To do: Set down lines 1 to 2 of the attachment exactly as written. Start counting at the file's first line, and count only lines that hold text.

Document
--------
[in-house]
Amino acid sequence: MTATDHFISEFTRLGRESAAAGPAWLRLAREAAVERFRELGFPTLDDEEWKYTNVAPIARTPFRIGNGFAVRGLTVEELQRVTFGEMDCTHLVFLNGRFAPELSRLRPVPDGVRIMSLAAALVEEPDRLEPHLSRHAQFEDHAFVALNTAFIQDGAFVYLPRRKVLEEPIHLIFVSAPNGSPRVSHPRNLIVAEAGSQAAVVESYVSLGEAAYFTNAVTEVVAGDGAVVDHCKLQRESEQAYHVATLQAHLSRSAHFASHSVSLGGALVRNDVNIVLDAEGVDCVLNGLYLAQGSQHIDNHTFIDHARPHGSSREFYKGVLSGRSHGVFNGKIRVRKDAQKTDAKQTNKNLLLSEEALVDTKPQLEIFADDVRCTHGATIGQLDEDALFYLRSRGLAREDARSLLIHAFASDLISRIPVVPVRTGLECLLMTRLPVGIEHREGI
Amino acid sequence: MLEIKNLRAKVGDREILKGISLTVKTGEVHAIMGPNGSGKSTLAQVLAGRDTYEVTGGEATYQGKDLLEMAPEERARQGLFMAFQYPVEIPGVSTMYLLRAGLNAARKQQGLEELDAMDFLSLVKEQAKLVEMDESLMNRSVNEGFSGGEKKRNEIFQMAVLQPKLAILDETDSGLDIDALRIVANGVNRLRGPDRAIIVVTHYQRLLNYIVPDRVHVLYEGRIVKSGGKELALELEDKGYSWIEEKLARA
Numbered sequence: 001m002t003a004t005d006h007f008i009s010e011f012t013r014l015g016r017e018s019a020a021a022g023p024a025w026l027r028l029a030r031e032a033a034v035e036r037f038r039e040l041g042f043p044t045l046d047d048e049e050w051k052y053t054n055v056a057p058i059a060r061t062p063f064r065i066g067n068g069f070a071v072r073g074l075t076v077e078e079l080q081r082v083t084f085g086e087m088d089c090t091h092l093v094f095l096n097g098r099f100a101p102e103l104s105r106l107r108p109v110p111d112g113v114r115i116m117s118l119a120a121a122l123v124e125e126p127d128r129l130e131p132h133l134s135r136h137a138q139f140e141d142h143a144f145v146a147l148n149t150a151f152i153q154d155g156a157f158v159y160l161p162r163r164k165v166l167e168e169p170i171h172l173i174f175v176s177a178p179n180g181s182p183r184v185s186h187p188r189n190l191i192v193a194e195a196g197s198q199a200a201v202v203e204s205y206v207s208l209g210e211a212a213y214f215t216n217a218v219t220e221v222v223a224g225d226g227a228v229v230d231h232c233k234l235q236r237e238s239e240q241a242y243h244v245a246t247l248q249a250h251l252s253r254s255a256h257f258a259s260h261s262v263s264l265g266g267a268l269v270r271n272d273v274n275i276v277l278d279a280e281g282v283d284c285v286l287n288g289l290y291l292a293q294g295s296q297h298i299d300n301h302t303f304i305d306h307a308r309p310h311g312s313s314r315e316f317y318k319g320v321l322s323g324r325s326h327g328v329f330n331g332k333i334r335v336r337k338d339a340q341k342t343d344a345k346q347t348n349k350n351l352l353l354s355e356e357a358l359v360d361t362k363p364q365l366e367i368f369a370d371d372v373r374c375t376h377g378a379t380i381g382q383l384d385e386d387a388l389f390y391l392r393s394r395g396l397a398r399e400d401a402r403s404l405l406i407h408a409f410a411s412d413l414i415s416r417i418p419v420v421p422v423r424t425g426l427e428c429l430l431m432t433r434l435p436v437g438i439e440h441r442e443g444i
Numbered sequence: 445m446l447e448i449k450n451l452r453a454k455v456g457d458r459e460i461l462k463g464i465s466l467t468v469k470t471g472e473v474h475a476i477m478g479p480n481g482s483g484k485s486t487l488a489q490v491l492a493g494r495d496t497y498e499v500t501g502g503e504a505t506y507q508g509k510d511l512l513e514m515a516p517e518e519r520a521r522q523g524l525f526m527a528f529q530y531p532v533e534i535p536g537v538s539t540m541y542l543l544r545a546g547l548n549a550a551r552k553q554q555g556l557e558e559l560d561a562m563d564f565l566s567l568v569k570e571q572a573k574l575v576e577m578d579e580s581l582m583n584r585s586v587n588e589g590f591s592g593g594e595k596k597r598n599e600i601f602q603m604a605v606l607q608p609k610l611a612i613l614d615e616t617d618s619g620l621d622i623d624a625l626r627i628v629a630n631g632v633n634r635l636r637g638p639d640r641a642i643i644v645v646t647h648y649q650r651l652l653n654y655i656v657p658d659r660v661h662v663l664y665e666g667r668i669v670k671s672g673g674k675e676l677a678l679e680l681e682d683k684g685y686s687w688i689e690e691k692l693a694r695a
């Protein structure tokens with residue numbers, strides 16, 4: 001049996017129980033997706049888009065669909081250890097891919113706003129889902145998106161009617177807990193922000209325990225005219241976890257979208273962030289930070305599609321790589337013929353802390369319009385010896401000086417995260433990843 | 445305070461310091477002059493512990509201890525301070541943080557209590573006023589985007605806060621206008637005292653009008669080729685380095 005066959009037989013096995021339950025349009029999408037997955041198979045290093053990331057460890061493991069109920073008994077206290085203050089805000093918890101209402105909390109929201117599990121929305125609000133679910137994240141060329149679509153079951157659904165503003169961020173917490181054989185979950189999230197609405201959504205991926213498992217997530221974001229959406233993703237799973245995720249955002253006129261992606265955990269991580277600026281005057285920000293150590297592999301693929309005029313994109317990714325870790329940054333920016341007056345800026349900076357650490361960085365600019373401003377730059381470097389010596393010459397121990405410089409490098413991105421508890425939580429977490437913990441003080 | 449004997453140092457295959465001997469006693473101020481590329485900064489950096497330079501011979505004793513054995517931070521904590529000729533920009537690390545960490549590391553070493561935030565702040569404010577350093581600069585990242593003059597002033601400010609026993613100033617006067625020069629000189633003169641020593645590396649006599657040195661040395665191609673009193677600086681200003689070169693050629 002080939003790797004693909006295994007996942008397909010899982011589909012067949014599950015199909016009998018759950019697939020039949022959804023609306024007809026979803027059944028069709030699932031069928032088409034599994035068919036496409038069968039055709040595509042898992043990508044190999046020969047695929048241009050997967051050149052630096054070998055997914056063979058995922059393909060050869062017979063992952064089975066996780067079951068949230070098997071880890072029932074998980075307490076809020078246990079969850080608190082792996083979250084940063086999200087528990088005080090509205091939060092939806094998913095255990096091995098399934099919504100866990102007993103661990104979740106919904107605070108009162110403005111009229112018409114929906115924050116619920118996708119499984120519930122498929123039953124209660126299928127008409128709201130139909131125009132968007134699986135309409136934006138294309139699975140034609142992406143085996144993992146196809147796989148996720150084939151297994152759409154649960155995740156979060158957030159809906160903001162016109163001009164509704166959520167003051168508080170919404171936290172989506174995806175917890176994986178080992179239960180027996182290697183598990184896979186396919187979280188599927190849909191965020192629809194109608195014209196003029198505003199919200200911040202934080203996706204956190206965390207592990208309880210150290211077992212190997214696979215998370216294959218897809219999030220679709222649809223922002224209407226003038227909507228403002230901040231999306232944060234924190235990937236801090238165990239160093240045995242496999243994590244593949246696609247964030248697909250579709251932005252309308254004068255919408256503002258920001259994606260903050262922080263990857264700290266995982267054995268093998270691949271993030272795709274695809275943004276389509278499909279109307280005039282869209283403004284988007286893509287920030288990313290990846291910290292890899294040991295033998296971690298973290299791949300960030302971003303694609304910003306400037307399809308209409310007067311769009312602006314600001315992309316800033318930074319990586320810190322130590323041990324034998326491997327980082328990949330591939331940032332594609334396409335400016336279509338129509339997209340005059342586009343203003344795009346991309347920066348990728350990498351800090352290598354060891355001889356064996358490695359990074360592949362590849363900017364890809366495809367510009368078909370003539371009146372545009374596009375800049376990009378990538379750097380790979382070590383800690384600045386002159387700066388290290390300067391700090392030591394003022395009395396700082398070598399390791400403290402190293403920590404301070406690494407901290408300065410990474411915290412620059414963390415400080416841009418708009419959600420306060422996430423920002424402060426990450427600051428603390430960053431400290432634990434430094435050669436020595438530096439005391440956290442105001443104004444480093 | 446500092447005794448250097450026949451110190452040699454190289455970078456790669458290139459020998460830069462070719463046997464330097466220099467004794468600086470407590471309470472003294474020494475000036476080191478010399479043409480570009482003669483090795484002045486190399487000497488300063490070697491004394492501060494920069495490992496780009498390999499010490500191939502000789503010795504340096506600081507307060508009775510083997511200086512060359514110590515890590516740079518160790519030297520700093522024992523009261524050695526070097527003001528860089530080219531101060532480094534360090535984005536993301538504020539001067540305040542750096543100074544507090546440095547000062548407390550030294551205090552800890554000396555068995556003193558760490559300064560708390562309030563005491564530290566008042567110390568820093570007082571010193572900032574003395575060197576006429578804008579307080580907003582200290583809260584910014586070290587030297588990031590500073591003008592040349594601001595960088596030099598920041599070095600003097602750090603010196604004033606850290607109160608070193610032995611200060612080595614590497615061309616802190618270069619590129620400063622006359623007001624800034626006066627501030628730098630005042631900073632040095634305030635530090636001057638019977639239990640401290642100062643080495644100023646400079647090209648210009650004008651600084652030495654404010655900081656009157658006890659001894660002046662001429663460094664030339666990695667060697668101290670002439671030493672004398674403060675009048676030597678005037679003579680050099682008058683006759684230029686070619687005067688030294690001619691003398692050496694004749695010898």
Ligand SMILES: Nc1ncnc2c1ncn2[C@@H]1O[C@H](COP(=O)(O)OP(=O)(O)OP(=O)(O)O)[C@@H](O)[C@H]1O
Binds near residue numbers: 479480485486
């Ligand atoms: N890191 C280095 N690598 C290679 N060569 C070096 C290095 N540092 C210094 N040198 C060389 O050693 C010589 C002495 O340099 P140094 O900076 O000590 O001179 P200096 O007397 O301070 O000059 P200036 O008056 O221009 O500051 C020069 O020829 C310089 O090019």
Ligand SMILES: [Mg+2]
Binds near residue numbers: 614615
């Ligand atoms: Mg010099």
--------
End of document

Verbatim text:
[in-house]
Amino acid sequence: MTATDHFISEFTRLGRESAAAGPAWLRLAREAAVERFRELGFPTLDDEEWKYTNVAPIARTPFRIGNGFAVRGLTVEELQRVTFGEMDCTHLVFLNGRFAPELSRLRPVPDGVRIMSLAAALVEEPDRLEPHLSRHAQFEDHAFVALNTAFIQDGAFVYLPRRKVLEEPIHLIFVSAPNGSPRVSHPRNLIVAEAGSQAAVVESYVSLGEAAYFTNAVTEVVAGDGAVVDHCKLQRESEQAYHVATLQAHLSRSAHFASHSVSLGGALVRNDVNIVLDAEGVDCVLNGLYLAQGSQHIDNHTFIDHARPHGSSREFYKGVLSGRSHGVFNGKIRVRKDAQKTDAKQTNKNLLLSEEALVDTKPQLEIFADDVRCTHGATIGQLDEDALFYLRSRGLAREDARSLLIHAFASDLISRIPVVPVRTGLECLLMTRLPVGIEHREGI